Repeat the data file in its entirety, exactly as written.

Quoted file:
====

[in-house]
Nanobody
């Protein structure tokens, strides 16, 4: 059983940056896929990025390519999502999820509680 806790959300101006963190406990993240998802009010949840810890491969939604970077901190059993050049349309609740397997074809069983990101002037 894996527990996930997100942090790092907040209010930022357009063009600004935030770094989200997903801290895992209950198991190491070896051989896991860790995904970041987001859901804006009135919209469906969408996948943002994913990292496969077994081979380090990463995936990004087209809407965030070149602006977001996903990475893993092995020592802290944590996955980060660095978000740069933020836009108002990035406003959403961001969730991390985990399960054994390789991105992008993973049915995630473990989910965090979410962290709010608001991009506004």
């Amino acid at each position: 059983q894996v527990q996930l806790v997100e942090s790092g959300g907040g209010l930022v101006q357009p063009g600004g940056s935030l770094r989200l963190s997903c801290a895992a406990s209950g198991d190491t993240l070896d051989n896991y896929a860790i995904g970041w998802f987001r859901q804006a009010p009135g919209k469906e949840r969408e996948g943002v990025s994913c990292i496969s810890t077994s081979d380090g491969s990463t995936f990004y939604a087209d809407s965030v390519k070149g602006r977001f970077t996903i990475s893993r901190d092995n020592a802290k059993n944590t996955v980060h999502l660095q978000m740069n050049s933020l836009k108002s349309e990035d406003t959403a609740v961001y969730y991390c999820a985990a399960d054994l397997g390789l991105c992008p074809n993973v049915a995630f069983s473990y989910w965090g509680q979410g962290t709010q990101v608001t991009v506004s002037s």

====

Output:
[in-house]
Nanobody
């Protein structure tokens, strides 16, 4: 059983940056896929990025390519999502999820509680 806790959300101006963190406990993240998802009010949840810890491969939604970077901190059993050049349309609740397997074809069983990101002037 894996527990996930997100942090790092907040209010930022357009063009600004935030770094989200997903801290895992209950198991190491070896051989896991860790995904970041987001859901804006009135919209469906969408996948943002994913990292496969077994081979380090990463995936990004087209809407965030070149602006977001996903990475893993092995020592802290944590996955980060660095978000740069933020836009108002990035406003959403961001969730991390985990399960054994390789991105992008993973049915995630473990989910965090979410962290709010608001991009506004």
């Amino acid at each position: 059983q894996v527990q996930l806790v997100e942090s790092g959300g907040g209010l930022v101006q357009p063009g600004g940056s935030l770094r989200l963190s997903c801290a895992a406990s209950g198991d190491t993240l070896d051989n896991y896929a860790i995904g970041w998802f987001r859901q804006a009010p009135g919209k469906e949840r969408e996948g943002v990025s994913c990292i496969s810890t077994s081979d380090g491969s990463t995936f990004y939604a087209d809407s965030v390519k070149g602006r977001f970077t996903i990475s893993r901190d092995n020592a802290k059993n944590t996955v980060h999502l660095q978000m740069n050049s933020l836009k108002s349309e990035d406003t959403a609740v961001y969730y991390c999820a985990a399960d054994l397997g390789l991105c992008p074809n993973v049915a995630f069983s473990y989910w965090g509680q979410g962290t709010q990101v608001t991009v506004s002037s």